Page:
National and International Business Cycles : the Role of Financial Frictions and Shocks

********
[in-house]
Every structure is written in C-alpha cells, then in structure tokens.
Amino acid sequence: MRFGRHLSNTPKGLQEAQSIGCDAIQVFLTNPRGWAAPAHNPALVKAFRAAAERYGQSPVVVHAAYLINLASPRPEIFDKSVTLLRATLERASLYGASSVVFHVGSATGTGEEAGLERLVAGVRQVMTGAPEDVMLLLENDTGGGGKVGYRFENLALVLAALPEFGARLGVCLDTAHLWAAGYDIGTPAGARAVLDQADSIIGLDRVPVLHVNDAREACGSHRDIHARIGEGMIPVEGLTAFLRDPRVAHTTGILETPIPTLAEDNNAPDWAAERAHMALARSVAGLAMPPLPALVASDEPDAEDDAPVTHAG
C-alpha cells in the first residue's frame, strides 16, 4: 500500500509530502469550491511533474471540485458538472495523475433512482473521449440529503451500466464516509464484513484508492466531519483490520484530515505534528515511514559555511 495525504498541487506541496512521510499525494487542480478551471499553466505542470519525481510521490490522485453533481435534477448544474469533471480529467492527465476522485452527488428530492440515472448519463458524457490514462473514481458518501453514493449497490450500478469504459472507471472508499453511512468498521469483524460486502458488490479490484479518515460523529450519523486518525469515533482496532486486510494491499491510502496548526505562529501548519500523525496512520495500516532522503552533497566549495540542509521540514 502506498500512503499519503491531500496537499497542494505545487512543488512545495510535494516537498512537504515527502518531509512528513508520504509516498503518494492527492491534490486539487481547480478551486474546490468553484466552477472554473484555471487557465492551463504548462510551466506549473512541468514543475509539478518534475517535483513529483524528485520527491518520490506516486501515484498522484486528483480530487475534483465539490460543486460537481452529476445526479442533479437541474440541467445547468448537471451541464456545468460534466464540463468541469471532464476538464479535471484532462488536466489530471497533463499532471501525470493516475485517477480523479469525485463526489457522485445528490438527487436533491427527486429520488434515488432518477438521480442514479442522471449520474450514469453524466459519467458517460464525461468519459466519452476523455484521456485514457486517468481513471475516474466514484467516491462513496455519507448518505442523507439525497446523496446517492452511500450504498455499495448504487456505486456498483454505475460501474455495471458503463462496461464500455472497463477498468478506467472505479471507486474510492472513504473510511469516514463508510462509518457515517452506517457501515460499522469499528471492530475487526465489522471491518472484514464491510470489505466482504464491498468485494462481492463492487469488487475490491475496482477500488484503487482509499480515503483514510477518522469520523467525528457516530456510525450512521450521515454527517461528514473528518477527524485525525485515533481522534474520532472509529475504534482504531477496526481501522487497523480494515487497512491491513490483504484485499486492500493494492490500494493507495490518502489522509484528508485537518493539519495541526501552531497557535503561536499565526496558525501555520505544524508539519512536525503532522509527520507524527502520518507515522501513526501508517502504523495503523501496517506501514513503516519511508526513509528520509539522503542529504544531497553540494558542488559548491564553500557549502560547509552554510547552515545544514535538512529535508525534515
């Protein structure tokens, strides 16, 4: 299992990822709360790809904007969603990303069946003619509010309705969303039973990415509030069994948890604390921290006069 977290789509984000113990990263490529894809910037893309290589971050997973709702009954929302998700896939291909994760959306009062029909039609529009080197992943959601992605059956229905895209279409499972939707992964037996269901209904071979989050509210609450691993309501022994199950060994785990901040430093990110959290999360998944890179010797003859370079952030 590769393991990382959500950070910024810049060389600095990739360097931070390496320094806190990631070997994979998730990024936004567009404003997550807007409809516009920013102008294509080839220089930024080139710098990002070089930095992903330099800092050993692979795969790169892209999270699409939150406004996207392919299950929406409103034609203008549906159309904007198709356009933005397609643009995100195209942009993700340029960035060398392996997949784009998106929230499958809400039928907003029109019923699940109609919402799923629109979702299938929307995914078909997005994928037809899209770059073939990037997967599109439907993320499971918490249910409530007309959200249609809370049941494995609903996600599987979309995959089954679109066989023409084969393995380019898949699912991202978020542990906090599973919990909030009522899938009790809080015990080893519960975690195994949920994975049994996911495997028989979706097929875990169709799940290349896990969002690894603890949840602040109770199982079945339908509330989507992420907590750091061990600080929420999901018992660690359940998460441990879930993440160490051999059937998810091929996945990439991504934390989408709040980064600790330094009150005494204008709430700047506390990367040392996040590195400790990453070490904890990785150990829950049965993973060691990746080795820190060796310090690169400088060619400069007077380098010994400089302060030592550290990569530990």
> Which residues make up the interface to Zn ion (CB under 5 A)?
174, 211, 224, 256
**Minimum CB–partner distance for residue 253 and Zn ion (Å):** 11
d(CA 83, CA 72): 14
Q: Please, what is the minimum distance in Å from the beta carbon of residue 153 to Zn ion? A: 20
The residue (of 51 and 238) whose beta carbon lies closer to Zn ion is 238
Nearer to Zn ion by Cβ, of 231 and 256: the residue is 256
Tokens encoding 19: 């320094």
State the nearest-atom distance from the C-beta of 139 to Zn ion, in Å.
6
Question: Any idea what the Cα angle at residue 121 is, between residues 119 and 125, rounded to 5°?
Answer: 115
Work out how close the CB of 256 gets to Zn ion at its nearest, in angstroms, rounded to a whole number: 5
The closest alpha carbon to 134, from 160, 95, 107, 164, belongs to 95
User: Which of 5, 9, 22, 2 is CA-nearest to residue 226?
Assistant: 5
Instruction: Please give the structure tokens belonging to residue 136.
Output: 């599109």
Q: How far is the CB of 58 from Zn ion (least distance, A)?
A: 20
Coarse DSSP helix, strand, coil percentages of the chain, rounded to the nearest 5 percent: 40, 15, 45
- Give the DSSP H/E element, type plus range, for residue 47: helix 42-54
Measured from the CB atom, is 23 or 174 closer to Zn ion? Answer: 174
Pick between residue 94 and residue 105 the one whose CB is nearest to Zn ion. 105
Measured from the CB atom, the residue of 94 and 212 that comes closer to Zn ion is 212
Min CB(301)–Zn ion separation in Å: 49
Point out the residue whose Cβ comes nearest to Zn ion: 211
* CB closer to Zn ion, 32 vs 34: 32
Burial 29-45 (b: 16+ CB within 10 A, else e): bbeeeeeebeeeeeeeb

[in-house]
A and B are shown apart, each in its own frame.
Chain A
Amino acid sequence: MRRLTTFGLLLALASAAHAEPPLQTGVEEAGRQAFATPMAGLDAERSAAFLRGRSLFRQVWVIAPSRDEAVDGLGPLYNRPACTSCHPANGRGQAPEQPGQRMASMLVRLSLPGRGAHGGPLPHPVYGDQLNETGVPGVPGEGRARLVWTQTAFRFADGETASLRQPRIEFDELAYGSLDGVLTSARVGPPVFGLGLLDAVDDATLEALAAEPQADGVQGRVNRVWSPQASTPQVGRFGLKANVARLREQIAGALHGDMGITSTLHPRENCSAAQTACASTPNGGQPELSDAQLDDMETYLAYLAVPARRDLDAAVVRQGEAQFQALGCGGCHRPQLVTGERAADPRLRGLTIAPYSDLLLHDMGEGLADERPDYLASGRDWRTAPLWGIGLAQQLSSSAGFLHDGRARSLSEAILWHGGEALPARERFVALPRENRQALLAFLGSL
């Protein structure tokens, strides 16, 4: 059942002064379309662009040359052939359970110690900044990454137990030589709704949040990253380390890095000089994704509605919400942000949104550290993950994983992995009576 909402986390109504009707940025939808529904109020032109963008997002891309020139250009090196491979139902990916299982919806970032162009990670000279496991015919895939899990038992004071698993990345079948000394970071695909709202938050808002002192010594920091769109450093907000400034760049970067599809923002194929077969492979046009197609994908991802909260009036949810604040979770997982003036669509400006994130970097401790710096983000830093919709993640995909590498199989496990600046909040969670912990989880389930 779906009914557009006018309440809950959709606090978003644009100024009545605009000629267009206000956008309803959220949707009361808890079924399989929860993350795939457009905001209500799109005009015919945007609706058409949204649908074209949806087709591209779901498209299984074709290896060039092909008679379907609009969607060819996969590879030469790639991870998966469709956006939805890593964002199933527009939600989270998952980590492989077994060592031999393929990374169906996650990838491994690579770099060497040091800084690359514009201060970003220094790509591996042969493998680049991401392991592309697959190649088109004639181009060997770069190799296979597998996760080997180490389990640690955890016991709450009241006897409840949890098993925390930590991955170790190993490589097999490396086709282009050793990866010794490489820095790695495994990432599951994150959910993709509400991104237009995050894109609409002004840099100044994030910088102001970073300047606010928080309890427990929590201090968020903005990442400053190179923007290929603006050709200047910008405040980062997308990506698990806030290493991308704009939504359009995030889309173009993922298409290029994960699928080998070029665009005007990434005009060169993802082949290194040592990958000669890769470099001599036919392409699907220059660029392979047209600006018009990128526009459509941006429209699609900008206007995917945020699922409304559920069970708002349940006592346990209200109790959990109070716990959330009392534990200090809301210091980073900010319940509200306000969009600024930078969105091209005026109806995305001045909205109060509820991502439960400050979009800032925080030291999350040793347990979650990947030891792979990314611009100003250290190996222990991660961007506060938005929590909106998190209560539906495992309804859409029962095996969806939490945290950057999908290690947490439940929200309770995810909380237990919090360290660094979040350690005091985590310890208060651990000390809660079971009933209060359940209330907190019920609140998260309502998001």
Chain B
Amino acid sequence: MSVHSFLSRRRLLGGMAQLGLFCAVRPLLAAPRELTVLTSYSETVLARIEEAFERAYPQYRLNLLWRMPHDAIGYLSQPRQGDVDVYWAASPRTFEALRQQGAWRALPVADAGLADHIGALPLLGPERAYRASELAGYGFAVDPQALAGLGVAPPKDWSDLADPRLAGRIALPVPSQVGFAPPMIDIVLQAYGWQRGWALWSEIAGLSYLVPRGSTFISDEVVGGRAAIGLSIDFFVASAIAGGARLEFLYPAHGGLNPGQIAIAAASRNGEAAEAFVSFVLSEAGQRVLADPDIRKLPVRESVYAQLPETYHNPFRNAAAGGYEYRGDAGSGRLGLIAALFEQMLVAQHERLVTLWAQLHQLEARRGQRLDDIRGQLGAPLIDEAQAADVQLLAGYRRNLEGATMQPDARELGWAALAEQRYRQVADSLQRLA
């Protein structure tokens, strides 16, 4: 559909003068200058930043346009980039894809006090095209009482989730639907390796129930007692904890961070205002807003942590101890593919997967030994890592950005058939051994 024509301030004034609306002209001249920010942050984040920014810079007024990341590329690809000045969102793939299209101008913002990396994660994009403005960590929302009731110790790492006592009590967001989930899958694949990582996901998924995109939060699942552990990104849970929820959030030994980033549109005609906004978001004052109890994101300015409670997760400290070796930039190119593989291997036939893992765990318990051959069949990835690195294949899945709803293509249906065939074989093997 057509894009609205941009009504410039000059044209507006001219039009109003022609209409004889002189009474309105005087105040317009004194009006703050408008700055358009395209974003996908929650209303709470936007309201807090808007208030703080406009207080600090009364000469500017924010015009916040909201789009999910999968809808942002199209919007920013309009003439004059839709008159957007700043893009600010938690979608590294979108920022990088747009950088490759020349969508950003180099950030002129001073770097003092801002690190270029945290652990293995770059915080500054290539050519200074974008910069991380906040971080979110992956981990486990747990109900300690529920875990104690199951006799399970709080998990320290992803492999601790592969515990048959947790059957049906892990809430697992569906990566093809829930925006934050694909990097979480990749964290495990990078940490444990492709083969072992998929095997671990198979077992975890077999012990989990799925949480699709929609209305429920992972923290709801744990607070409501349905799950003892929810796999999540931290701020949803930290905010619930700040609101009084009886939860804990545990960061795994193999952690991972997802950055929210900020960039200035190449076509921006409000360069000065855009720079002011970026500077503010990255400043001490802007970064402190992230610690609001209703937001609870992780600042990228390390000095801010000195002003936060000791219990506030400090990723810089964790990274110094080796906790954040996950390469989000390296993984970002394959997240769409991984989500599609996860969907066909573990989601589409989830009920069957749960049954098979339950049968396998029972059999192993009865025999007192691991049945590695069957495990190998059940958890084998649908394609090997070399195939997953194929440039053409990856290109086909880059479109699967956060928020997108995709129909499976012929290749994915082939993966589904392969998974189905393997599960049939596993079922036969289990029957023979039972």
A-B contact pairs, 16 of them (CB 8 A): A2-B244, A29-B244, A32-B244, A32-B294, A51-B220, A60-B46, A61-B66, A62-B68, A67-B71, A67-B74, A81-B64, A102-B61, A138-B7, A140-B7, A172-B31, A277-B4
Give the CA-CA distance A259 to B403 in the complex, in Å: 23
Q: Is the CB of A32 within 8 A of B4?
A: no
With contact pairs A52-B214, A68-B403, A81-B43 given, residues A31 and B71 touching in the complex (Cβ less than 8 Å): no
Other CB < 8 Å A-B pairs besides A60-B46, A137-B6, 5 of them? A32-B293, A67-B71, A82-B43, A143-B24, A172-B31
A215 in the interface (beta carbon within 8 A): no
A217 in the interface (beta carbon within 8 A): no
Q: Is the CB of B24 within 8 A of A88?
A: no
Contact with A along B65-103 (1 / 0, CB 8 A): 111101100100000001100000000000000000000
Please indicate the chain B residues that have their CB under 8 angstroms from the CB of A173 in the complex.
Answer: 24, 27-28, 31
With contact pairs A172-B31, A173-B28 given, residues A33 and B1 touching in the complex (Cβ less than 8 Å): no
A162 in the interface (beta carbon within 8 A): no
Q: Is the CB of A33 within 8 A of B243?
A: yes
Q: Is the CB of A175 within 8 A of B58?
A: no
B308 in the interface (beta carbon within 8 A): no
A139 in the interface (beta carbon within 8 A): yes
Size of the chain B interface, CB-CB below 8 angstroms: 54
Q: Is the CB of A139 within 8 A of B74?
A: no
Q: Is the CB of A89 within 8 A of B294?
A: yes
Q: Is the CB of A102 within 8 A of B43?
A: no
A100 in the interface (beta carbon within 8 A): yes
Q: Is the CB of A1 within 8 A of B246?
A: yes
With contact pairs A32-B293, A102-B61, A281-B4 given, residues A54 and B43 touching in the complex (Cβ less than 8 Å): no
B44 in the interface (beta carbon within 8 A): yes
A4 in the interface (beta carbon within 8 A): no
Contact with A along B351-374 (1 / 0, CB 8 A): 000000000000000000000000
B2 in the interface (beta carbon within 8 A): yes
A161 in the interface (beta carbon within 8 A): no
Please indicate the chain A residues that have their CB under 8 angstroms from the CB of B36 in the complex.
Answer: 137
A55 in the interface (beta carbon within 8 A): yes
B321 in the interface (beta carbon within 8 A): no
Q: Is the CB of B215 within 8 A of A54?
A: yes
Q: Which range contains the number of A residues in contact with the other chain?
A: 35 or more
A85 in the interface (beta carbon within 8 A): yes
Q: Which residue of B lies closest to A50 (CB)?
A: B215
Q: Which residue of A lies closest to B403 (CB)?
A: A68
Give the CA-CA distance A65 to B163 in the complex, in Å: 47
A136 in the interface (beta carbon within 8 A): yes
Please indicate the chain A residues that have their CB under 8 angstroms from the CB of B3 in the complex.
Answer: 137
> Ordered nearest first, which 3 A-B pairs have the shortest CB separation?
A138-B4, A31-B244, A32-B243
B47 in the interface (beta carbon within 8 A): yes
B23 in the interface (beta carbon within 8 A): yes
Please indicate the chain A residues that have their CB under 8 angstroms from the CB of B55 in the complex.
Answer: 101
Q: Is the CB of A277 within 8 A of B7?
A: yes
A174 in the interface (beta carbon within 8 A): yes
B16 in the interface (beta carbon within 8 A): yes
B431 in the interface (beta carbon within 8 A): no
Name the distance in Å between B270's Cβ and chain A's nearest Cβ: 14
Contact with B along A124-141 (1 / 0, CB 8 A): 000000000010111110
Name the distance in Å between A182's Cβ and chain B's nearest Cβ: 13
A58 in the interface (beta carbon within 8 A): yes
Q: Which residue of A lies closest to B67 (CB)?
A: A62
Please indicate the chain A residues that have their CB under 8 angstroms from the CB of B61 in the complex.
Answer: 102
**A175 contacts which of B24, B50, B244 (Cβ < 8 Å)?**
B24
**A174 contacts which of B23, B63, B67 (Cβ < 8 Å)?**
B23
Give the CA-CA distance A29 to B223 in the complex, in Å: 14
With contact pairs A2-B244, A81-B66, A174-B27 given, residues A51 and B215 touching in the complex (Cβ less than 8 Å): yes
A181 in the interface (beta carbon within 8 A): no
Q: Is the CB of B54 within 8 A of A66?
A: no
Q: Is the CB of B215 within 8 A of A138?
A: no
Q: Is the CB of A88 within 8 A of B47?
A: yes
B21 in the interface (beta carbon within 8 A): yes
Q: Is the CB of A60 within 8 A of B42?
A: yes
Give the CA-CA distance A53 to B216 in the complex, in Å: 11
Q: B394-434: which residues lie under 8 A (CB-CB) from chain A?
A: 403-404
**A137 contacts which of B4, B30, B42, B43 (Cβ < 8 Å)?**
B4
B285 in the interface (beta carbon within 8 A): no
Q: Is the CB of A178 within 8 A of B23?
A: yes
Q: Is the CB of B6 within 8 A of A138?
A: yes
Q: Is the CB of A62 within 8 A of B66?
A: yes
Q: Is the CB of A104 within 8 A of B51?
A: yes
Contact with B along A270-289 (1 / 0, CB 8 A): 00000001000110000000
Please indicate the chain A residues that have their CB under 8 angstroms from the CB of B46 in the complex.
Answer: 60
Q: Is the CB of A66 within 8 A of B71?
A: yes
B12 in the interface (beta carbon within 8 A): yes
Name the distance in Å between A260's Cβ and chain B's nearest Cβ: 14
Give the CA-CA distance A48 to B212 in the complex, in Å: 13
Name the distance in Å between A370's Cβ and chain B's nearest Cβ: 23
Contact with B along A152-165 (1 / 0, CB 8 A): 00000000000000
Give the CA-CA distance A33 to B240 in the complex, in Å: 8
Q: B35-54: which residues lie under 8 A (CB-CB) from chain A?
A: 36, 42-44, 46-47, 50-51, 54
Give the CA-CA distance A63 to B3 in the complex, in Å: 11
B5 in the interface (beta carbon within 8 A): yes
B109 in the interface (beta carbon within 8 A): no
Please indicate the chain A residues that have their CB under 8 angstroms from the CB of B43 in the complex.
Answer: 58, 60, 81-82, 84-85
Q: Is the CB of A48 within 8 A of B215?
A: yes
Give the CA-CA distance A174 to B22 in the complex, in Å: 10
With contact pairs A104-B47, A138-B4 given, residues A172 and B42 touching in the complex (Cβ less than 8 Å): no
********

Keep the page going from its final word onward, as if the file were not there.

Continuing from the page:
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This dissertation investigates the effects of frictions that emerge from financial markets on business-cycle fluctuations. The purpose of Chapter 1 is to situate my work in the literature and to stress its contributions. In Chapter 2, I reassess the role of financial frictions in amplifying the impacts of productivity shocks using a framework in which a fraction of firms are borrowing-constrained and land is a collateral asset. A first finding is that amplification effects are much lower when land is supplied elastically. However, financial shocks that affect the maximum allowable ratio of loans to collateral have greater effects on output. Another result pertains to the role of the elasticity of substitution between land and capital in responses to financial shocks: lower values generate greater output responses. While Chapter 2's environment is set up to be in a closed-economy, the last two chapters involve two-country settings. Chapter 3 still intersects with Chapter 2 on some dimensions, in particular, land dynamics and financial frictions that feature borrowing-constrained firms. The borrowing mechanism brings about a distortion in labour markets that interacts with a class of preferences that are non-separable between consumption and leisure. Technology shocks contribute to explain international co-movements, whereas financial shocks allow the model to replicate the lack of international risk sharing that is characterized by the quantity anomaly and the Backus-Smith puzzle. In Chapter 4, I apply Chari, Kehoe and McGrattan’s (2007) business cycle accounting method to a two-country, two-good real business cycle model. Using their approach, I measure the same closed-economy time-varying wedges and I introduce an international wedge that accounts for discrepancies between the growth in real exchange rates and in the stochastic discount factors ratio. In fact, the effects of financial frictions embedded in Chapter 3's framework can be retrieved from a combination of labour and investment wedges. The volatility of the international wedge corresponds to a metric of bilateral risk sharing. An important finding is that, from a non-separable preferences specification of the baseline model, the investment wedge partly accounts for the Backus-Smith puzzle. This suggests that distortions in national capital markets are important to consider for international risk sharing.